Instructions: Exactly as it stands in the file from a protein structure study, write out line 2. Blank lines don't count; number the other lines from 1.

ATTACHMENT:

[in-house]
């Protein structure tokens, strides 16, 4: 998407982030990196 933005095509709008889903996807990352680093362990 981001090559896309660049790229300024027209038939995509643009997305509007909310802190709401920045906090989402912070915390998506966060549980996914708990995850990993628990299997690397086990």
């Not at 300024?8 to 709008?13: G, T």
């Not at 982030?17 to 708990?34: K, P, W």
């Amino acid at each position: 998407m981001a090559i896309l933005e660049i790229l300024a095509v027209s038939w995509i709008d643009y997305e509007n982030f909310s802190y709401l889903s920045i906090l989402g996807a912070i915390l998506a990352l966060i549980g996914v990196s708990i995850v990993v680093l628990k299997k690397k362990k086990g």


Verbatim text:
């Protein structure tokens, strides 16, 4: 998407982030990196 933005095509709008889903996807990352680093362990 981001090559896309660049790229300024027209038939995509643009997305509007909310802190709401920045906090989402912070915390998506966060549980996914708990995850990993628990299997690397086990």